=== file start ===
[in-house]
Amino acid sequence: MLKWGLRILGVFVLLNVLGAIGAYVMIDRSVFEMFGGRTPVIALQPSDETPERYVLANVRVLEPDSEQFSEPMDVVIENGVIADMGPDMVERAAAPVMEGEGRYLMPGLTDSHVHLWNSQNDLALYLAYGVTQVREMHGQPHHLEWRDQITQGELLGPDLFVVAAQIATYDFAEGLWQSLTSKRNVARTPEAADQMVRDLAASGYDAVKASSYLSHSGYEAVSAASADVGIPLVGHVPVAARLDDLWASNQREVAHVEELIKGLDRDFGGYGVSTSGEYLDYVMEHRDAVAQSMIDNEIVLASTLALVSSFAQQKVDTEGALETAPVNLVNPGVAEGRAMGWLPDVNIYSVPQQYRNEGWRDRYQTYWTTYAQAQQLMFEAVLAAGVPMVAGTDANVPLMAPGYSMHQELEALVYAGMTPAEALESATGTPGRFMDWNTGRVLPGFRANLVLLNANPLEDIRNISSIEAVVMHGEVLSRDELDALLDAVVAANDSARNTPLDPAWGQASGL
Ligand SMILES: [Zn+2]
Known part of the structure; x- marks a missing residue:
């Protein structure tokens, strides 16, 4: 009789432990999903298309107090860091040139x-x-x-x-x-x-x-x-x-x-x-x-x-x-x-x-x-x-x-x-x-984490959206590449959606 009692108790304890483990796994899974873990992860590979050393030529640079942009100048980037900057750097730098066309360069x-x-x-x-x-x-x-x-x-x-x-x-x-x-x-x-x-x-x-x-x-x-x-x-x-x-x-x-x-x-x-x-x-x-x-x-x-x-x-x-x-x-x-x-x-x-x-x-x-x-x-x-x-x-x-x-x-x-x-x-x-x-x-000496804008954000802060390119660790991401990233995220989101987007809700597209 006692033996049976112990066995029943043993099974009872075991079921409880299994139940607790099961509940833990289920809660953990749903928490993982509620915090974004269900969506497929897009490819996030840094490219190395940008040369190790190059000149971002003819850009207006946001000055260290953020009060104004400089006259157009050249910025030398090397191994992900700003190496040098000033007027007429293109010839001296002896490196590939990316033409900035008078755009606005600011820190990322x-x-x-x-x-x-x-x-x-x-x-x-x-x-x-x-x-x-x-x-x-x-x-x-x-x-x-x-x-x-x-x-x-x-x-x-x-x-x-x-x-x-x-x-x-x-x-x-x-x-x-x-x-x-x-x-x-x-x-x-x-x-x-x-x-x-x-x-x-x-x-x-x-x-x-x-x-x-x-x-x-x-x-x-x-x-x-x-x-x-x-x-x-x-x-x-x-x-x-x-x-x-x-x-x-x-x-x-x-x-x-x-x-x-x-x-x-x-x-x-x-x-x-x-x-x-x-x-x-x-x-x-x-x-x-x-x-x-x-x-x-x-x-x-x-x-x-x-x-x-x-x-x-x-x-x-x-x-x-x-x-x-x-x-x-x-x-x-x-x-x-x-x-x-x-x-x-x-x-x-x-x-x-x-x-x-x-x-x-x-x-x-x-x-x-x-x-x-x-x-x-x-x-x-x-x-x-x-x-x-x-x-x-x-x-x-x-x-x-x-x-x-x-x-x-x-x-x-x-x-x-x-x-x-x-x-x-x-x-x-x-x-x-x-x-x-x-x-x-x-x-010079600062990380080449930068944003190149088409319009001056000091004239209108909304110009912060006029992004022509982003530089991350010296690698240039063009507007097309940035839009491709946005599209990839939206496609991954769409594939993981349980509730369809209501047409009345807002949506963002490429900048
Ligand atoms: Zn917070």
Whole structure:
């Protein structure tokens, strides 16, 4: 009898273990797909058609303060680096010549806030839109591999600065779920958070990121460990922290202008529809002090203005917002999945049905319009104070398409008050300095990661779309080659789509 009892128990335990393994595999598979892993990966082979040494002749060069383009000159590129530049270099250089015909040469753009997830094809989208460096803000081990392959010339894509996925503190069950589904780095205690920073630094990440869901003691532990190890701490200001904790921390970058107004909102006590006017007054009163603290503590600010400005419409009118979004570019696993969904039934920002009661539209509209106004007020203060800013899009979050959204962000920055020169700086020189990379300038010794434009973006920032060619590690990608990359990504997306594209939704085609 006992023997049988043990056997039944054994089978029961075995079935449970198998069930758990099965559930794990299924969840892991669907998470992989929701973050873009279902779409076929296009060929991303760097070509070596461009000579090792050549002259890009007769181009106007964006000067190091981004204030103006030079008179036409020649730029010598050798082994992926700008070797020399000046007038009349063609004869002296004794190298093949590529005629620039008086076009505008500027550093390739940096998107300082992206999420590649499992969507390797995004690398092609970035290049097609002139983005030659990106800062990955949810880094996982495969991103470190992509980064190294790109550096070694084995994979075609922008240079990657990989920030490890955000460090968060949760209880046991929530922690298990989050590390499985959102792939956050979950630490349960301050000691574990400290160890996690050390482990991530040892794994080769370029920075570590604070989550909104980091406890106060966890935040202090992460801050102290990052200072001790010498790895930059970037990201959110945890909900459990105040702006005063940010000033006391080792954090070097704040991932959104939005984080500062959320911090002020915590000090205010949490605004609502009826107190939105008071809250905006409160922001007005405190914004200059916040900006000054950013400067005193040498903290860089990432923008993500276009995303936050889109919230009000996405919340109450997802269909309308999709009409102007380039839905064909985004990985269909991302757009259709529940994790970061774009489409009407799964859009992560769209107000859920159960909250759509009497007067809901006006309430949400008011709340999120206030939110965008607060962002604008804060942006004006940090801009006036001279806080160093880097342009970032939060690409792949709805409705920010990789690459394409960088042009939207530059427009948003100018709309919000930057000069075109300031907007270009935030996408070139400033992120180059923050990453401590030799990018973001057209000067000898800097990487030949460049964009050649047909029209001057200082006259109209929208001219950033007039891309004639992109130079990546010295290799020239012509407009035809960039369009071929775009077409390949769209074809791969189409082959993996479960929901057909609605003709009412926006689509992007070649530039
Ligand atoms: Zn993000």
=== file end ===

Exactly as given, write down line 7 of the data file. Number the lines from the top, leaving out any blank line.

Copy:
Whole structure: